You said there was more, and that piqued my curiousity. If you wouldn't mind telling me more, I'd love to hear it.

    Thanks for writing that. It's helped me understand myself and feel better about myself.

    Jason


    In early December Crystal and I went to Maine to visit a farm that we were thinking about working at this summer. I hated to tell her, and bring down her hopes, but I felt there was no way I was going to have the energy for that. *I* was disappointed, mostly in myself. The more I thought about it, the more it exhausted me, the more frustrated I felt, the worse I felt about myself, and really, I was a monster much of the drive home...

    With the apnea it was really easy to say and do things I'd later regret. It was even easier to get into these unhealthy patterns of behavior that were really hard to break. Sometimes it failed to be a relationship at all because I fell into these patterns and just wasn't relating. And it's not like me to fail to relate like that, but that's what I did.

    The apnea also seemed to cause writers block, and I don't know if that's because of the anxiety, depression, and poor concentration, or if I just wasn't feeling good about myself, but in any case... how many entries did I write on Open Diary during that period in which I said something like: "I really can't write today, I don't know why. Nothing I write feels right. It's just so frustrating." Over, and over, and over I felt that!

    I do hope that someday Crystal will understand that what I did wasn't because of her, and maybe, just maybe, she'll open up to the possibility of rebuilding trust in me again. I think that both of us in good health and spirits have so much to offer each other. I know I am not ready to be friends with her right now, and I probably won't be, for quite a few months, if not longer. I don't know how to gauge that... but I guess I'll know it when it comes.

    Current Mood: thankful
    6:53 am
    My first post
    I started this new journal to help me put my life together, and also, to give me a sense of privacy from my ex-fiancee and some of the people who might read my other journal.

    Some things in my life could really use some adjusting. I just graduated from university, and I've found myself an aimless wanderer, trying to figure out what to do with myself now that I've finished my study of philosophy. When my ex-fiancee and I were together, I didn't want to be in school; now, I wish I could do it all over again! I may pick up a copy of Barbara Sher's book "Wishcraft" and see where that gets me.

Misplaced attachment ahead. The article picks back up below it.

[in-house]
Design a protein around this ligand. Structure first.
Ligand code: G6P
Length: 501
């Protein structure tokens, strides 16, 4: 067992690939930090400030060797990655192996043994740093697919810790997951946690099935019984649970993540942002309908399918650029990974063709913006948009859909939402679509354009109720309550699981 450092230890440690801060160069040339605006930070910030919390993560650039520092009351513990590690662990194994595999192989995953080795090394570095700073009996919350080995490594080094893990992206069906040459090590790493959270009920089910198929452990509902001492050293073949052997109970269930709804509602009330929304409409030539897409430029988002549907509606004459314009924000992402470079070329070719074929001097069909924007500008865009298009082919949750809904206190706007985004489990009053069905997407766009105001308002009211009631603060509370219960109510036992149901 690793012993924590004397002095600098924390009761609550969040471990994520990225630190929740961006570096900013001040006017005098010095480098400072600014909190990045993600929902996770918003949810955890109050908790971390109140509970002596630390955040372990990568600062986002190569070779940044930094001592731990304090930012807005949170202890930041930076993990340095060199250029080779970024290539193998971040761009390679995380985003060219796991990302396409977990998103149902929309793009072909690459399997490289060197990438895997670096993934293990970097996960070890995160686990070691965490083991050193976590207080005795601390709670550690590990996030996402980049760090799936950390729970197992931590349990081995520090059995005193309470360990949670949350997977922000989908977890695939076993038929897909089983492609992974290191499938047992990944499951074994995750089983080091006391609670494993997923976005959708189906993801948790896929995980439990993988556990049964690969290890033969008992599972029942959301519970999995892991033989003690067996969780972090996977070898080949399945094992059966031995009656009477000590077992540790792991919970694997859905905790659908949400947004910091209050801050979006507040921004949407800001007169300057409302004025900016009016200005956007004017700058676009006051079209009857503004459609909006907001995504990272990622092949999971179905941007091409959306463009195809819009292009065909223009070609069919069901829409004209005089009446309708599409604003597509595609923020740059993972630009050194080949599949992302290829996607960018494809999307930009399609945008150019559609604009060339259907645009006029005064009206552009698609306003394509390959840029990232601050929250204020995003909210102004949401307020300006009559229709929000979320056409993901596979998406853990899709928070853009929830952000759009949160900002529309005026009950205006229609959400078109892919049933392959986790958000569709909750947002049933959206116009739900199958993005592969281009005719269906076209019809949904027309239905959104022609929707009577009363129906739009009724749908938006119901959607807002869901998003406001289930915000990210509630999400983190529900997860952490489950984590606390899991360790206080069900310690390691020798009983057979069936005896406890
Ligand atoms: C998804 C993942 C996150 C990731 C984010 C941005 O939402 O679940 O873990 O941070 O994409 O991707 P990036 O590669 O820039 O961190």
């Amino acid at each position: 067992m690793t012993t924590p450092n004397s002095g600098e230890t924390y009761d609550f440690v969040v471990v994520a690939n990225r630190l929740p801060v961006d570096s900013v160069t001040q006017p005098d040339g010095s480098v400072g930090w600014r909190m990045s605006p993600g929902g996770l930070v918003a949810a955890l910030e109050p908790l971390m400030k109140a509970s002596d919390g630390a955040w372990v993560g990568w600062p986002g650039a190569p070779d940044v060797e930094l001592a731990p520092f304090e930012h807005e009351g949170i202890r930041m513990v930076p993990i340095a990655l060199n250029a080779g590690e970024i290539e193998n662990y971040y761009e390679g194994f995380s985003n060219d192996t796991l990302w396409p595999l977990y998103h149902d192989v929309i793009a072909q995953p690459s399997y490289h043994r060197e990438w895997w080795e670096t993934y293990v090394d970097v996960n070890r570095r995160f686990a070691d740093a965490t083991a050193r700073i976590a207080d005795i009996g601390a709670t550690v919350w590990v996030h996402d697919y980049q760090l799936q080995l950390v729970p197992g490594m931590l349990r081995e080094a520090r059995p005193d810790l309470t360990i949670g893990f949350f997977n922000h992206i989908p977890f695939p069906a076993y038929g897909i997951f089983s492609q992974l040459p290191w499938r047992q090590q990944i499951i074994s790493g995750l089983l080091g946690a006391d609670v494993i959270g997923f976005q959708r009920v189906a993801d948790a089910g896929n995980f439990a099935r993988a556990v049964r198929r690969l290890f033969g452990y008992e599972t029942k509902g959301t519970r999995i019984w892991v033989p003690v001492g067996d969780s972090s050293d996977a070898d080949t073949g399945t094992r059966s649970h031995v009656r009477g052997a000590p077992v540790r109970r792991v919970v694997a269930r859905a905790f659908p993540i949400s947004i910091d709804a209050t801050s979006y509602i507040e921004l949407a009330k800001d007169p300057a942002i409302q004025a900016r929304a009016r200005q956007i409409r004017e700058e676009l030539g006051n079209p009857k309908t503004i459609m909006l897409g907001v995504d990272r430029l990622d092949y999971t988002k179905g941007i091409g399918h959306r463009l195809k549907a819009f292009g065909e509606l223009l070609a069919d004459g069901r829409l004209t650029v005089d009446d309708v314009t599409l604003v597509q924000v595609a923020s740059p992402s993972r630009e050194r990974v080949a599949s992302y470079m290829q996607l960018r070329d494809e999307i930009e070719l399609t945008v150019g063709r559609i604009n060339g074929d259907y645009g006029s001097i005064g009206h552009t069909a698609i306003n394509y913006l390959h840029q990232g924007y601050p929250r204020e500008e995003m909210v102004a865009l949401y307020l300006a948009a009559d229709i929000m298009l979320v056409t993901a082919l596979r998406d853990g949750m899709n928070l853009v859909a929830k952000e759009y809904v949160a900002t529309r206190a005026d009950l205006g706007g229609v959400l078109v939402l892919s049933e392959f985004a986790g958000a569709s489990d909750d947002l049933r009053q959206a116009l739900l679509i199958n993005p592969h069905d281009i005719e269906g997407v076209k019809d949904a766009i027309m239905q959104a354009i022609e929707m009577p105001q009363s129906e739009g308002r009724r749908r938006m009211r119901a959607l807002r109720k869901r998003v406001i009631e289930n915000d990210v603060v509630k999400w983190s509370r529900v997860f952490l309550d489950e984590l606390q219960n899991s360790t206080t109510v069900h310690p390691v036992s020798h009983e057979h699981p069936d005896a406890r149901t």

To keep myself occupied, I've taken up the chivalric art of fencing, which I study through my local SCA chapter. I don't have my equipment yet but they've got loaner equipment and I've been practicing with that. Yes, I'm very clumsy, but that's part of the reason fencing is so good for me. Isn't that how we discover our potential?

    On September 11th, provided my telephone interview goes well, I'll be headed to New York City to work with an organisation called Sprout, leading people with mental and developmental disorders on vacations to places like Atlantic City, US Virgin Islands, and Ireland. A lot of people think I'm nuts going to NYC, specifically Manhattan, on that date, and even the guy at Greyhound commented on it.

    Also, even though I don't like cars, and you can see that Carbusters is one of my interests, I'm going to take some time over the next few months to relearn how to drive. I hardly drove after I gort my license. Now, I'm nervous, and probably don't remember the rules of the road. At least my insurance has gone down due to so many years without accidents. My ex-fiancee and I got in an argument once because she was sick of doing all the driving, and wished that I would help once in a while. I was offended, because it's not as though I didn't want to help, but in all respect to her, I didn't want to kill her by getting behind the wheel.

    Lately I've been riding a sine wave between passion and apathy. Neither one of those stages seems to last very long, and it can be quite annoying when I'm trying to concentrate on something (a book, for example). I am still struggling with having hurt and lost someone who meant the world to me. I'll write a little about that in my next post.

    Current Mood: complacent